By Hyunjoo Jin
SEOUL (Reuters) - South Korea's activist fund KCGI, the second-largest shareholder in the parent company of Korean Air Lines Co Ltd, said it was looking to buy a controlling stake in Asiana Airlines, helping send shares of the carrier up 26%.
KCGI Chief Executive Kang Sung-boo said the fund is in talks with several local and overseas entities to form a consortium to bid for the 31.05% stake in Asiana Airlines, which has been put up for sale by top shareholder Kumho Industrial.
The stake was worth $282 million at Friday's close.
Kang's comment comes as the local airline industry grapples with several challenges, including rising competition from budget carriers, a U.S.-China trade war hitting cargo demand and a Korea-Japan diplomatic row hurting travel.
Korean Air Lines and Asiana Airlines swung to operating losses for the April-to-June quarter, from a year earlier.
Asiana Airlines is expected to receive initial bids on Sept. 3, followed by binding bids in October, Kang said.
Credit Suisse is managing the deal.
An Asiana spokesman declined to comment.
Kang said the country's full-fledged carriers need to restructure and consolidate to reduce competition and heavy debts. "I believe the entire airline industry in Korea is in crisis," Kang told Reuters over the phone.
Shares of Asiana Airlines, South Korea's second-largest carrier after Korean Air Lines, ended up 11% after jumping as much as 26% during trade. Its budget airline affiliate Air Busan ended up 26%, in a broader market that was up 0.7%.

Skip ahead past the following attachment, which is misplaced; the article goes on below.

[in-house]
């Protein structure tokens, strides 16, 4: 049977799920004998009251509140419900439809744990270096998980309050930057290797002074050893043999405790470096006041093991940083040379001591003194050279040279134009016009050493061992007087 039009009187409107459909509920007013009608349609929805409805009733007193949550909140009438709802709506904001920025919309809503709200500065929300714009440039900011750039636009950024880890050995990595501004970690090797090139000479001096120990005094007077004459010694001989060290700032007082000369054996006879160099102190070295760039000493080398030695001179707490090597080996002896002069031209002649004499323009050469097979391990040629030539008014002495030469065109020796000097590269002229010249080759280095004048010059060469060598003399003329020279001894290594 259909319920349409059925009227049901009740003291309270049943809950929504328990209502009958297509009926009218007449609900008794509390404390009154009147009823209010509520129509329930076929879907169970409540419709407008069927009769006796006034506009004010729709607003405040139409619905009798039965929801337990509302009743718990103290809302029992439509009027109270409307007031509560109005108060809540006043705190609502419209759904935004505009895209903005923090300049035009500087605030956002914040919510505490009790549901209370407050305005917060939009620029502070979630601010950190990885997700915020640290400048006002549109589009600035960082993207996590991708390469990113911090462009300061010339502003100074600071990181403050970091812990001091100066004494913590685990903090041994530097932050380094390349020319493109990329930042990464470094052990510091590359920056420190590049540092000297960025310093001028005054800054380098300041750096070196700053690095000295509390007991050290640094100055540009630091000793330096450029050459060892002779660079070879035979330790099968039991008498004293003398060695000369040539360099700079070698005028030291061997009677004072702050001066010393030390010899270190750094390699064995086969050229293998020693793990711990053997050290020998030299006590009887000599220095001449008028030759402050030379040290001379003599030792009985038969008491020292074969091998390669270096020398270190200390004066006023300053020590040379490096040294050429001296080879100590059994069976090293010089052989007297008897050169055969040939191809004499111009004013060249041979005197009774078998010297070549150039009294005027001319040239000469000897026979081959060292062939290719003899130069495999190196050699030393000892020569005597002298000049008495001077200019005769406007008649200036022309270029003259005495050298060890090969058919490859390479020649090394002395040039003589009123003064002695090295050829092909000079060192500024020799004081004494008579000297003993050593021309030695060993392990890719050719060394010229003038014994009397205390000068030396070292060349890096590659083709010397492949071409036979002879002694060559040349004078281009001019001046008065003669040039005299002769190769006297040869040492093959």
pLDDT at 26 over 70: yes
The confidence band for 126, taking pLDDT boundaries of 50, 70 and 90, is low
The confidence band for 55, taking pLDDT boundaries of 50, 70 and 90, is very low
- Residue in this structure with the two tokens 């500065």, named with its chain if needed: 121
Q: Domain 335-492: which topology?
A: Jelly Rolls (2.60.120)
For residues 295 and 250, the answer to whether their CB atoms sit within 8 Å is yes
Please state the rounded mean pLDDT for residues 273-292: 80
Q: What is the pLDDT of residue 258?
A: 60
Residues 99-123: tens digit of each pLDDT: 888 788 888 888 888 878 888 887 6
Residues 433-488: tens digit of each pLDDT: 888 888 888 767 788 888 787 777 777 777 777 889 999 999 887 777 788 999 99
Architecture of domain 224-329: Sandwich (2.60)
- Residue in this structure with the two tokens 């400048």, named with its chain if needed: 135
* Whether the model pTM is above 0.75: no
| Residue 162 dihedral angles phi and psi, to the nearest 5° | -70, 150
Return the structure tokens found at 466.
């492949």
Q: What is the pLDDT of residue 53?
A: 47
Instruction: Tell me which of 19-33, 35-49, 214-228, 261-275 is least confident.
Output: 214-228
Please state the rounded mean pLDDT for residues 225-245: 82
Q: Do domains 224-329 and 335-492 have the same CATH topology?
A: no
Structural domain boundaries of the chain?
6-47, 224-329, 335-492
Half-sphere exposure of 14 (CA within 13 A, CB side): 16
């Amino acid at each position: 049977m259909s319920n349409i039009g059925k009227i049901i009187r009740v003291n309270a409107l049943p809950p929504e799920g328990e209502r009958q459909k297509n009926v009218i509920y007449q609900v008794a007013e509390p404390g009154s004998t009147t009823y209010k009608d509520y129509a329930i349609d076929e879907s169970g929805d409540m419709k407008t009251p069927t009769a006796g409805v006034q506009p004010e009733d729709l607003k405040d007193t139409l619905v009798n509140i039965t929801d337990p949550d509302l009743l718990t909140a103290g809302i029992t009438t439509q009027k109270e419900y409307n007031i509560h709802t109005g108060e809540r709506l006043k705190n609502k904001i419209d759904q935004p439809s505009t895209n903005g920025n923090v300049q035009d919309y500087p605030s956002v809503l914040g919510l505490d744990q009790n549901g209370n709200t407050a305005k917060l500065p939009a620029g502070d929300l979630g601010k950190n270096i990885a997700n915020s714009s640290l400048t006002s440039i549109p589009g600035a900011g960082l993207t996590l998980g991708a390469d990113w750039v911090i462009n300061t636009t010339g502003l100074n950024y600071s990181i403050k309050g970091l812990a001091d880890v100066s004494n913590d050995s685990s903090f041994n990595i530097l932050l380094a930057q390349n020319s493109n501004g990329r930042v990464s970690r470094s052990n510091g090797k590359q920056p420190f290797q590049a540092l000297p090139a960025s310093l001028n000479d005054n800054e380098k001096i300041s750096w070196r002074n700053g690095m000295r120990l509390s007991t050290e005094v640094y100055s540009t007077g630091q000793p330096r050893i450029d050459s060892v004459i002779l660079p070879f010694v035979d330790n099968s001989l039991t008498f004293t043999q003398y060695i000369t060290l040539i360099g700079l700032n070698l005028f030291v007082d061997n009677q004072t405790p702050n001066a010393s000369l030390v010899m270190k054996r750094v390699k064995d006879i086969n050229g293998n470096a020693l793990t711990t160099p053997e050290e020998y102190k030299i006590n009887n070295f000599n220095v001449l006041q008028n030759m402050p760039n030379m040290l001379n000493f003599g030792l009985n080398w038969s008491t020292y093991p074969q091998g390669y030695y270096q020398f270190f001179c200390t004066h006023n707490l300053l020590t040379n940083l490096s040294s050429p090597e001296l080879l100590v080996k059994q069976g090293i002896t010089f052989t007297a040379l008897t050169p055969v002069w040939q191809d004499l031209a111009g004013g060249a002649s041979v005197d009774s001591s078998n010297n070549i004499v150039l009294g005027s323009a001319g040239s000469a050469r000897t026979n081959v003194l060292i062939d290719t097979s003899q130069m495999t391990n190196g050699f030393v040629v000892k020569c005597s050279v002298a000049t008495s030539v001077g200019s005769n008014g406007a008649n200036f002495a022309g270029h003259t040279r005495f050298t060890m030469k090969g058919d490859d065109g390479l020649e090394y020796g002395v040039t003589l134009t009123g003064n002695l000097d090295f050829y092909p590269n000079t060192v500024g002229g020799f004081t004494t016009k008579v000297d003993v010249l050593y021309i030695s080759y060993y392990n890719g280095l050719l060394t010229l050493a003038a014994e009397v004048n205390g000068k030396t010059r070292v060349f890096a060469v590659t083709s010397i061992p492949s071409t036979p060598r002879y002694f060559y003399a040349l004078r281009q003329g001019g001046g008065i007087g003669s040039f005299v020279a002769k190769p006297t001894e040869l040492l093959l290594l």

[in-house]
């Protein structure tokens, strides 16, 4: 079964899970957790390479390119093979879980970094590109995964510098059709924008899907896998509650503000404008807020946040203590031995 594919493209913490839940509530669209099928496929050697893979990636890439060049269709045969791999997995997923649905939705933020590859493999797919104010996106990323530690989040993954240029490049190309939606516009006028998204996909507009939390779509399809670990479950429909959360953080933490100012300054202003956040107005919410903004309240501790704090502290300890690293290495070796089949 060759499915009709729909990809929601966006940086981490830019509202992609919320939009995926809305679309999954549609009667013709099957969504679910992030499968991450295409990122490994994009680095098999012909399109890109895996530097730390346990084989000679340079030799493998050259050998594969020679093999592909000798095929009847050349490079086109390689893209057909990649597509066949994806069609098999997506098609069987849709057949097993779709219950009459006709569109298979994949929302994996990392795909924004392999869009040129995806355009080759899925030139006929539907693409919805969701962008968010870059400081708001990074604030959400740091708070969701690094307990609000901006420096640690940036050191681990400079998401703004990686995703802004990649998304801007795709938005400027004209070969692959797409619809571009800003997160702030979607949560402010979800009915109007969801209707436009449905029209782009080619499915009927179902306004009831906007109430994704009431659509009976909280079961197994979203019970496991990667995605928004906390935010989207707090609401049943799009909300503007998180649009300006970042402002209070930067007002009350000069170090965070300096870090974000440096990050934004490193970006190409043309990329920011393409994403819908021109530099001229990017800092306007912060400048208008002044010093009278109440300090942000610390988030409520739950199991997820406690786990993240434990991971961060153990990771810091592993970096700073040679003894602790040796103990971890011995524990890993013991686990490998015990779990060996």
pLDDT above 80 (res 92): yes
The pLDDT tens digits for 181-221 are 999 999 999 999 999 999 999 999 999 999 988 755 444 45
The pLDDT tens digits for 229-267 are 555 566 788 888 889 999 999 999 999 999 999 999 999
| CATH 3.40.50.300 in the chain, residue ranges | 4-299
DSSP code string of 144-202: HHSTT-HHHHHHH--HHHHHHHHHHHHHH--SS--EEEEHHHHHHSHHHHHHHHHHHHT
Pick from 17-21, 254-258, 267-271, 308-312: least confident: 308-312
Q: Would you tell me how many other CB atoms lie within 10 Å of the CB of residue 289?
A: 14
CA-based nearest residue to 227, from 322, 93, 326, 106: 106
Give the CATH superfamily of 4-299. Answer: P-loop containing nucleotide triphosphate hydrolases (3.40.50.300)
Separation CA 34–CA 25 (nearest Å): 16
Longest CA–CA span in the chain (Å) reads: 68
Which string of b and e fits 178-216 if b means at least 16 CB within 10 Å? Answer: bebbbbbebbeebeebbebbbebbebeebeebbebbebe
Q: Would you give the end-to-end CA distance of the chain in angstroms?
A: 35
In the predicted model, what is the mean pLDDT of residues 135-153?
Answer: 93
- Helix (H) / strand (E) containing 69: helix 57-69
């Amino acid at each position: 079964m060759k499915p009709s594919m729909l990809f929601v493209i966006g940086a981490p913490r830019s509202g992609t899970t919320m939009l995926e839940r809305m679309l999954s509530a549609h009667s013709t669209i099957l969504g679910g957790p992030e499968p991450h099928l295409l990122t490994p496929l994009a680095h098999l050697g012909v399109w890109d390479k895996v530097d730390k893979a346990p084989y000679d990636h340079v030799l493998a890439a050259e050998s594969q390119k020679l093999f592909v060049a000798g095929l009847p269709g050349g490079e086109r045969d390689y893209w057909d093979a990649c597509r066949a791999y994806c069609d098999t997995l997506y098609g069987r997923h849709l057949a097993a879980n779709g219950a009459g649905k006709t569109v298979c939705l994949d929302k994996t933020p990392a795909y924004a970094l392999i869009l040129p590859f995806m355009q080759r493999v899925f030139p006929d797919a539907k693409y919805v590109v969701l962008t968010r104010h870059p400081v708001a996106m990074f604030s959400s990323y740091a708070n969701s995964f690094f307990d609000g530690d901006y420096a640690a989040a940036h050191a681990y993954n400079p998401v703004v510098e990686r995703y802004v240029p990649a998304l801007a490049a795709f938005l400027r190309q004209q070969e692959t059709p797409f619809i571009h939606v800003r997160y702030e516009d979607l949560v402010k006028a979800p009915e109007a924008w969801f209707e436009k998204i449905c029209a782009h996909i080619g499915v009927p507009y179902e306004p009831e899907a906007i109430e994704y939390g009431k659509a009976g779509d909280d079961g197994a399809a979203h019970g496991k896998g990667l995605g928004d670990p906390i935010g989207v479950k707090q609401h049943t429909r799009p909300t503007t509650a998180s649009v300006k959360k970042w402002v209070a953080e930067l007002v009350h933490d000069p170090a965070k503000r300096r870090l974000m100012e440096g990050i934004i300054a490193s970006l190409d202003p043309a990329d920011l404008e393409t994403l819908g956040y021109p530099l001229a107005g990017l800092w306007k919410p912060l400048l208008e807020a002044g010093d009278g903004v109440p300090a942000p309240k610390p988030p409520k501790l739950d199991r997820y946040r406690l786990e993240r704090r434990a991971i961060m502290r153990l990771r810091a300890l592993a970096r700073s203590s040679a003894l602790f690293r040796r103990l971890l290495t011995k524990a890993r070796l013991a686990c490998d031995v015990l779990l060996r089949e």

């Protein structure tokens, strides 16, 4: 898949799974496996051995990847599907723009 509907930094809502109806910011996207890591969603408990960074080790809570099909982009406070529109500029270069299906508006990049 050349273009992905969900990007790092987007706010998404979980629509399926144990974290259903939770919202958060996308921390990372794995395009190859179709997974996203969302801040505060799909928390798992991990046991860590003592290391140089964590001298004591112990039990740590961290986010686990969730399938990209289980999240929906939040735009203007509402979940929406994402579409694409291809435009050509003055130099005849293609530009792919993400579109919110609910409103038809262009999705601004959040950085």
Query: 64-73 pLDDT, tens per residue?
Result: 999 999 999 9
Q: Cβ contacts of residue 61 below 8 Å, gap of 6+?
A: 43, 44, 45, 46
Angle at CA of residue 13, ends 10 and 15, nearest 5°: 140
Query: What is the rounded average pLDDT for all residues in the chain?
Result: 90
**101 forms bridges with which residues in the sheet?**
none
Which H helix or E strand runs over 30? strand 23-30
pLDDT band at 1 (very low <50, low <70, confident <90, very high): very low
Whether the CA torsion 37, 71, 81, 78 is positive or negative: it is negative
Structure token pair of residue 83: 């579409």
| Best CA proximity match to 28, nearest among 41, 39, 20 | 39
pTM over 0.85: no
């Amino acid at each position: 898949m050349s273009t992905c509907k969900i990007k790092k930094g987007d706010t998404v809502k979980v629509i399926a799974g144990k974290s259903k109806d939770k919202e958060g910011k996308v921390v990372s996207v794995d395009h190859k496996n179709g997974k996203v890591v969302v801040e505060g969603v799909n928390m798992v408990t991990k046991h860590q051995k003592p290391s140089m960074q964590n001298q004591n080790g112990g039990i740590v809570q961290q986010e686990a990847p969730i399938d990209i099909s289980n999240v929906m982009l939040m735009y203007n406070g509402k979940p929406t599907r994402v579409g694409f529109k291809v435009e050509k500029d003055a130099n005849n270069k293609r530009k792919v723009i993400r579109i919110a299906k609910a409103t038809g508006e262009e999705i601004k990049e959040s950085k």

Analysts said shares of the affiliate were also buoyed by the possibility that creditors could look to sell stakes in Asiana Airlines separately from other assets like Air Busan.
Asiana's total debt was at 9.6 trillion won ($8 billion) as of end-June, versus 7.1 trillion won as of end-2018. The carrier's market value is at about $1 billion.
There are doubts whether KCGI has the financial capability to bankroll the deal, and even if it does, whether Asiana's creditors would be comfortable with the sale to a fund with little experience in the airline industry, analysts said.
KCGI has hiked its stake in Hanjin Kal, the parent of Korean Air Lines, fueling market expectations about a battle to control the family-owned group following the death of patriarch Cho Yang-ho in April.
But Delta Air Lines, which runs a joint venture of Korean Air Lines, bought a 5.13% stake in Hanjin Kal, giving a boost to the management of South Korea's top carrier as it seeks to thwart KCGI's challenge.
Kumho has been looking to offload its stake in the debt-laden Asiana, after the conglomerate came under pressure from Asiana's creditors including state-run Korea Development Bank.
South Korea's chip-to-refinery conglomerate SK Group and retail-focused Aekyung Group, which also has a stake in budget carrier Jeju Air, were named as potential suitors for Asiana by local media, but the two firms did not publicly say whether they were interested in the bidding or not.
($1 = 1,209 won)
(Reporting by Hyunjoo Jin; Editing by Shri Navaratnam and Himani Sarkar)